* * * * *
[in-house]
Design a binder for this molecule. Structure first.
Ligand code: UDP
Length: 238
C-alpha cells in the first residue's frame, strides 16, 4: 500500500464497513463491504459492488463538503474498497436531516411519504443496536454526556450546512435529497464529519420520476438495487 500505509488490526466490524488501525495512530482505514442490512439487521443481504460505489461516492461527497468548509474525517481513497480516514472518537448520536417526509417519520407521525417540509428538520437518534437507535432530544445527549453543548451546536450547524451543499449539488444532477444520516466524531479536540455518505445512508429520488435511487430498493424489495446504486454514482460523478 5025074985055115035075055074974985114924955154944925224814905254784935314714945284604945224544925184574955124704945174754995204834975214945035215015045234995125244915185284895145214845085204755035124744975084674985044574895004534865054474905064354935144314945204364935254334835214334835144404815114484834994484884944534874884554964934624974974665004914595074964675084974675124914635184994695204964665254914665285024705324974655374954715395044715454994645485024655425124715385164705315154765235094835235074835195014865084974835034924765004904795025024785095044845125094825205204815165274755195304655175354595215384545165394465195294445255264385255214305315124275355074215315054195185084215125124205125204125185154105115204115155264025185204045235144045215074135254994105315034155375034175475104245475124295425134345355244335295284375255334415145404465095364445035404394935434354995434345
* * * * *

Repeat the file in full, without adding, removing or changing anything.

[in-house]
Design a binder for this molecule. Structure first.
Ligand code: UDP
Length: 238
C-alpha cells in the first residue's frame, strides 16, 4: 500500500464497513463491504459492488463538503474498497436531516411519504443496536454526556450546512435529497464529519420520476438495487 500505509488490526466490524488501525495512530482505514442490512439487521443481504460505489461516492461527497468548509474525517481513497480516514472518537448520536417526509417519520407521525417540509428538520437518534437507535432530544445527549453543548451546536450547524451543499449539488444532477444520516466524531479536540455518505445512508429520488435511487430498493424489495446504486454514482460523478 5025074985055115035075055074974985114924955154944925224814905254784935314714945284604945224544925184574955124704945174754995204834975214945035215015045234995125244915185284895145214845085204755035124744975084674985044574895004534865054474905064354935144314945204364935254334835214334835144404815114484834994484884944534874884554964934624974974665004914595074964675084974675124914635184994695204964665254914665285024705324974655374954715395044715454994645485024655425124715385164705315154765235094835235074835195014865084974835034924765004904795025024785095044845125094825205204815165274755195304655175354595215384545165394465195294445255264385255214305315124275355074215315054195185084215125124205125204125185154105115204115155264025185204045235144045215074135254994105315034155375034175475104245475124295425134345355244335295284375255334415145404465095364445035404394935434354995434345